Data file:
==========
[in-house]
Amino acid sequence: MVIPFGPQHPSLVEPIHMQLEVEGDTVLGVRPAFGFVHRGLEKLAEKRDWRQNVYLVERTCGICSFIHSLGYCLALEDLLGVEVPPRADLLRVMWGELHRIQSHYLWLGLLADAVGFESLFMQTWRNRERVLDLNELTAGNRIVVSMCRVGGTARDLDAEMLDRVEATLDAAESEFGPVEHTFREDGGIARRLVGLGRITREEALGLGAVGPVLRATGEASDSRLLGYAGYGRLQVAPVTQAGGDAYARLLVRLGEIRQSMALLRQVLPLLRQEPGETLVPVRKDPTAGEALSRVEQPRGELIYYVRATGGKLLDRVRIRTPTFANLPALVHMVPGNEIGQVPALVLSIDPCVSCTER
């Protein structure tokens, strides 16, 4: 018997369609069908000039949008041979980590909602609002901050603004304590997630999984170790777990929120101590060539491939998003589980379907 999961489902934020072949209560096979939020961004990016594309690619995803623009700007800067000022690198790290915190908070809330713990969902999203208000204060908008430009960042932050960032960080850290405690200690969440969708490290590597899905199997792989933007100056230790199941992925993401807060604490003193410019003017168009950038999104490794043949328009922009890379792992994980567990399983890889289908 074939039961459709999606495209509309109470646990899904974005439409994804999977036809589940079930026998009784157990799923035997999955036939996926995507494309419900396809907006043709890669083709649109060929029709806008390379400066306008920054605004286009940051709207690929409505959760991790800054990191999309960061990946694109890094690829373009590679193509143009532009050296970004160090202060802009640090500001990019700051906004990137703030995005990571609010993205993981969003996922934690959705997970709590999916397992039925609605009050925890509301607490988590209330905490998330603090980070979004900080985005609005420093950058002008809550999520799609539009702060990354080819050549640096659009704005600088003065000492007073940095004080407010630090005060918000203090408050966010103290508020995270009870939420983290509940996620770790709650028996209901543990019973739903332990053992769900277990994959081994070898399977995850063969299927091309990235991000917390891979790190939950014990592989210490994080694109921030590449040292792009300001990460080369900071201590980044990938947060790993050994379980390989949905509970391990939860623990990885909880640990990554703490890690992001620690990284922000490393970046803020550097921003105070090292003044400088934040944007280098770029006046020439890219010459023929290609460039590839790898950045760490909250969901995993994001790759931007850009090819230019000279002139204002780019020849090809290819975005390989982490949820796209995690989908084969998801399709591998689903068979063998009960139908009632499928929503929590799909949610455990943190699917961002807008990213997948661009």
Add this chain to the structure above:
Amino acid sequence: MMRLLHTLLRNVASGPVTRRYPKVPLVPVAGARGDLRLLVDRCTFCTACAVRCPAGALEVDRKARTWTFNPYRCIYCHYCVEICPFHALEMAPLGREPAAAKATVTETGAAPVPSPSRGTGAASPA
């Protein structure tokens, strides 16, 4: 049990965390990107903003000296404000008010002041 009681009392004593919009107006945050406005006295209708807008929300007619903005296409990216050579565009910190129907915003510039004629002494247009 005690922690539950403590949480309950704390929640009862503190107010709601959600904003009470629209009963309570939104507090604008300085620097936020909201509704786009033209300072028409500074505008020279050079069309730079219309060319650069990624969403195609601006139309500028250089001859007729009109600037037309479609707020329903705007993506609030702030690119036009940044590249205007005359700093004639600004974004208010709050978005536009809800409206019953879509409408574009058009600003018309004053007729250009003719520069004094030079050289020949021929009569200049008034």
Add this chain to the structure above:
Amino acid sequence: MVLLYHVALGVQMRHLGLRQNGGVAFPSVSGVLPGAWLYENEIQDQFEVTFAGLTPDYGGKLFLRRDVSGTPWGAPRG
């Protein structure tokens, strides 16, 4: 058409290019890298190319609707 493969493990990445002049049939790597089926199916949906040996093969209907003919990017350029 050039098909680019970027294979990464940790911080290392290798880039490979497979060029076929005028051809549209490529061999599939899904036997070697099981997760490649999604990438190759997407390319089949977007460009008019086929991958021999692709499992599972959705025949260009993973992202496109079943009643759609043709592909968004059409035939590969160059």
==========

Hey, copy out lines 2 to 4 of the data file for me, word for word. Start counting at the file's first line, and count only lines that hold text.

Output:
Amino acid sequence: MVIPFGPQHPSLVEPIHMQLEVEGDTVLGVRPAFGFVHRGLEKLAEKRDWRQNVYLVERTCGICSFIHSLGYCLALEDLLGVEVPPRADLLRVMWGELHRIQSHYLWLGLLADAVGFESLFMQTWRNRERVLDLNELTAGNRIVVSMCRVGGTARDLDAEMLDRVEATLDAAESEFGPVEHTFREDGGIARRLVGLGRITREEALGLGAVGPVLRATGEASDSRLLGYAGYGRLQVAPVTQAGGDAYARLLVRLGEIRQSMALLRQVLPLLRQEPGETLVPVRKDPTAGEALSRVEQPRGELIYYVRATGGKLLDRVRIRTPTFANLPALVHMVPGNEIGQVPALVLSIDPCVSCTER
């Protein structure tokens, strides 16, 4: 018997369609069908000039949008041979980590909602609002901050603004304590997630999984170790777990929120101590060539491939998003589980379907 999961489902934020072949209560096979939020961004990016594309690619995803623009700007800067000022690198790290915190908070809330713990969902999203208000204060908008430009960042932050960032960080850290405690200690969440969708490290590597899905199997792989933007100056230790199941992925993401807060604490003193410019003017168009950038999104490794043949328009922009890379792992994980567990399983890889289908 074939039961459709999606495209509309109470646990899904974005439409994804999977036809589940079930026998009784157990799923035997999955036939996926995507494309419900396809907006043709890669083709649109060929029709806008390379400066306008920054605004286009940051709207690929409505959760991790800054990191999309960061990946694109890094690829373009590679193509143009532009050296970004160090202060802009640090500001990019700051906004990137703030995005990571609010993205993981969003996922934690959705997970709590999916397992039925609605009050925890509301607490988590209330905490998330603090980070979004900080985005609005420093950058002008809550999520799609539009702060990354080819050549640096659009704005600088003065000492007073940095004080407010630090005060918000203090408050966010103290508020995270009870939420983290509940996620770790709650028996209901543990019973739903332990053992769900277990994959081994070898399977995850063969299927091309990235991000917390891979790190939950014990592989210490994080694109921030590449040292792009300001990460080369900071201590980044990938947060790993050994379980390989949905509970391990939860623990990885909880640990990554703490890690992001620690990284922000490393970046803020550097921003105070090292003044400088934040944007280098770029006046020439890219010459023929290609460039590839790898950045760490909250969901995993994001790759931007850009090819230019000279002139204002780019020849090809290819975005390989982490949820796209995690989908084969998801399709591998689903068979063998009960139908009632499928929503929590799909949610455990943190699917961002807008990213997948661009």
Add this chain to the structure above: